On the other hand, the latter type of sampling device (viz., the pipette type sampler) is shown in FIG. 2. In FIG. 2a, the sample suction pump 20 and the pipette 21 are connected directly. In this case, a fixed amount of sample is sucked up from the sample tube 22 through a pipette 21 by the action of the sample suction pump 20. The pipette 21 then moves over to the reaction tube 23 and deposits its contents therein. This completed, the pipette moves over to the washing beaker 24 and, after the pipette has been washed, the same process is repeated. In FIG. 2b, the pipette and suction pump are connected through a flow path changeover valve 25. In this case, one of the valve inlets is connected to a reagent pump 26 and a quantity of the sample is sucked up by the suction pump 20. After which, the valve operates so as to change over the sample flow path, the reagent pump then comes into operation and the sample is discharged into the reaction tube 23.

The pipette type of sampling device has an advantage in that structurally it is comparatively simple. However, the problem common to the valve-cut type of sampling device are present. For example, small drops of water remain on the tip of the pipette after washing which contaminate the unsampled sample in the case of repeated sampling. There is also the problem of sample cut-off at the pipette tip which makes precision sampling difficult, especially when dealing with very small quantities of sample.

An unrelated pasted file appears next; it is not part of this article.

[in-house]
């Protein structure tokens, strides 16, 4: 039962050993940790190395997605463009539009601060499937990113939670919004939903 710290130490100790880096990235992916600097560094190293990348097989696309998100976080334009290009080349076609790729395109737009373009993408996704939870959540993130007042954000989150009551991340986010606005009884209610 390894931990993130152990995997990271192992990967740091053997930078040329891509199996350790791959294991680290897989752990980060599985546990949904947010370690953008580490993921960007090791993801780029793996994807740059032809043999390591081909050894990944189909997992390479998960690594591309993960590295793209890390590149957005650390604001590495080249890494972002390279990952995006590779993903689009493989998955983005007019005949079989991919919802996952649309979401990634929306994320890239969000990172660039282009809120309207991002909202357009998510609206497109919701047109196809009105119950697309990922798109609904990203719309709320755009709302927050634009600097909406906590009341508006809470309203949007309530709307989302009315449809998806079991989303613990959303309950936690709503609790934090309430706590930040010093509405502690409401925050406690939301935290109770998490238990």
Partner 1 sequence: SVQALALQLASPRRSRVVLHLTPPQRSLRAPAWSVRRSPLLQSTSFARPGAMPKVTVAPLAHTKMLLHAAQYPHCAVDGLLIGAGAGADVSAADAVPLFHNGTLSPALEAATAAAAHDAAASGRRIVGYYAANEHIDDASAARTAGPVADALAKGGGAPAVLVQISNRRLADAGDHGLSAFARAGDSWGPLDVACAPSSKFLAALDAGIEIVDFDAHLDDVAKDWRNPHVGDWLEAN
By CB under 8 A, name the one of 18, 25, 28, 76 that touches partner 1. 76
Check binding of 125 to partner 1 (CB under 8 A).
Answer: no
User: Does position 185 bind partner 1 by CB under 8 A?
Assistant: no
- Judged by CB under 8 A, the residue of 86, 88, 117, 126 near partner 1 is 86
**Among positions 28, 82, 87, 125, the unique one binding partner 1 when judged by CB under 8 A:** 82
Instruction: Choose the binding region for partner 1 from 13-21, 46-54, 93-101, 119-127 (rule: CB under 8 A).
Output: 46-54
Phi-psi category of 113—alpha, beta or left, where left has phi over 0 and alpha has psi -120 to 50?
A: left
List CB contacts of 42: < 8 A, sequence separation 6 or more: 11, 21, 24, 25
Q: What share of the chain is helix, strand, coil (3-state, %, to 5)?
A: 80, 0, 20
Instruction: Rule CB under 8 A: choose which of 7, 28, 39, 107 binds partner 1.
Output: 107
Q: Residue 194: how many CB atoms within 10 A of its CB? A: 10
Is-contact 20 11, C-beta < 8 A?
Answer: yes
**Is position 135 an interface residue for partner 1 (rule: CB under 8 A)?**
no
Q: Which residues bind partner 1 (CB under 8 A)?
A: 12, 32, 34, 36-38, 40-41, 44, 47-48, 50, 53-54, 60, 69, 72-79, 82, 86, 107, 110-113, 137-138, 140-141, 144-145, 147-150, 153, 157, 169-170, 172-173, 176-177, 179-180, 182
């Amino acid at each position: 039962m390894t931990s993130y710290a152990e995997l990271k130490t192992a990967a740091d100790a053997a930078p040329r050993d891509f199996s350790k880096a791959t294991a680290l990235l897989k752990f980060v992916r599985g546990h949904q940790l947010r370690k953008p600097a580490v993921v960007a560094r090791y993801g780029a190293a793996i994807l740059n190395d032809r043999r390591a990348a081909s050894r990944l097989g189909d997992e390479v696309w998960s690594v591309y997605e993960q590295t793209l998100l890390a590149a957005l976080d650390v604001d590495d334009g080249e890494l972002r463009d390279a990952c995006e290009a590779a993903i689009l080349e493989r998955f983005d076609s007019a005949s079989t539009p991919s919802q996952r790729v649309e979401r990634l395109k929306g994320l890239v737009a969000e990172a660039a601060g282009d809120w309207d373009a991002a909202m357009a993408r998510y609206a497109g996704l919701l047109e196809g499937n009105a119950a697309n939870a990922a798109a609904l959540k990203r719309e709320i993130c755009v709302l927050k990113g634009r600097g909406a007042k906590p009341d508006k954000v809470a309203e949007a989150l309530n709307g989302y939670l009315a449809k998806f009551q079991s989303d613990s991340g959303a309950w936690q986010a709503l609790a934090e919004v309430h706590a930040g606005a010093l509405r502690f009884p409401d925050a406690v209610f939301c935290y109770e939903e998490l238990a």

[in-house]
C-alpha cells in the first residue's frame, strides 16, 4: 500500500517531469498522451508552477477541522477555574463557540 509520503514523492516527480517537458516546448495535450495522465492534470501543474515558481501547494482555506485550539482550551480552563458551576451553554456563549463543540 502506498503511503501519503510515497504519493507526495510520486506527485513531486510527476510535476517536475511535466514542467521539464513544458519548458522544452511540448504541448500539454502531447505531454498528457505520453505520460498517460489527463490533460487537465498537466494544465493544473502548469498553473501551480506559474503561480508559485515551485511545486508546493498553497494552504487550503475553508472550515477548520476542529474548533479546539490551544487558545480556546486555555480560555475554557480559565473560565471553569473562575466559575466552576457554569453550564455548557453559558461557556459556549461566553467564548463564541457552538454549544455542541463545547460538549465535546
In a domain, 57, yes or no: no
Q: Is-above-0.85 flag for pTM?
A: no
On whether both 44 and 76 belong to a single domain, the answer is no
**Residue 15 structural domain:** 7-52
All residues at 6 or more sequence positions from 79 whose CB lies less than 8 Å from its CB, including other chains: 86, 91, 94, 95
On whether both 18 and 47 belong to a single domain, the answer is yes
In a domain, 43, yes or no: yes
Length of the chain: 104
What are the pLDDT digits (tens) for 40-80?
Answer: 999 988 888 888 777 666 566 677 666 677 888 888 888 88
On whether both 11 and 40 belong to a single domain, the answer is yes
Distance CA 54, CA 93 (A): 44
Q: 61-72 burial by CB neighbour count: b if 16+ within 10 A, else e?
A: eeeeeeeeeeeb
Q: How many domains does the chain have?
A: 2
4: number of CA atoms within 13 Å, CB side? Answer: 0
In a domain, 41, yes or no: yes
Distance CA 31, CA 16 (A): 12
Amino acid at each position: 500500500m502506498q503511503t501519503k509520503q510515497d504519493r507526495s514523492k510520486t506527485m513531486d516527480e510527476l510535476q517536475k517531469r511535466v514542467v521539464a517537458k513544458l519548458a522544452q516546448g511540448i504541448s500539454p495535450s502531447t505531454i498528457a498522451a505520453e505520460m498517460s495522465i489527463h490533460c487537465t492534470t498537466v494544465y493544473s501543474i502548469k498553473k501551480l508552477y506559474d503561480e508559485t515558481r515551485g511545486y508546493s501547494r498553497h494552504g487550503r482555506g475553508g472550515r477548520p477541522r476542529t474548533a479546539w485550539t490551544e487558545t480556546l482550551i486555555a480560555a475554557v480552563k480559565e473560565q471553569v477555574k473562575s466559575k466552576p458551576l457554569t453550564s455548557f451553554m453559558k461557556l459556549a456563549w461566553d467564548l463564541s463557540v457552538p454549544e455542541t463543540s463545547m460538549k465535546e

In a nutshell, sampling devices according to the prior art, regardless of type, are incapable of completely preventing sample contamination if repeated sampling is carried out from the same sample tube or container. Thus, sample reproducibility deteriorates, a factor which becomes very pronounced when the sampling quantity is very small.

One object of the subject invention is to provide a sampling device capable of measuring out small quantities of sample accurately.

Another object of the subject invention is to provide a sampling device capable of measuring out sample under contamination-free conditions, regardless of sampling frequency.

Yet another object of the subject invention is to provide a sample measuring device having a high sample utilization efficiency.

Still another object of the subject invention is to provide a sample measuring device suitable for repeatedly and automatically measuring and sampling.

BRIEF SUMMARY OF THE INVENTION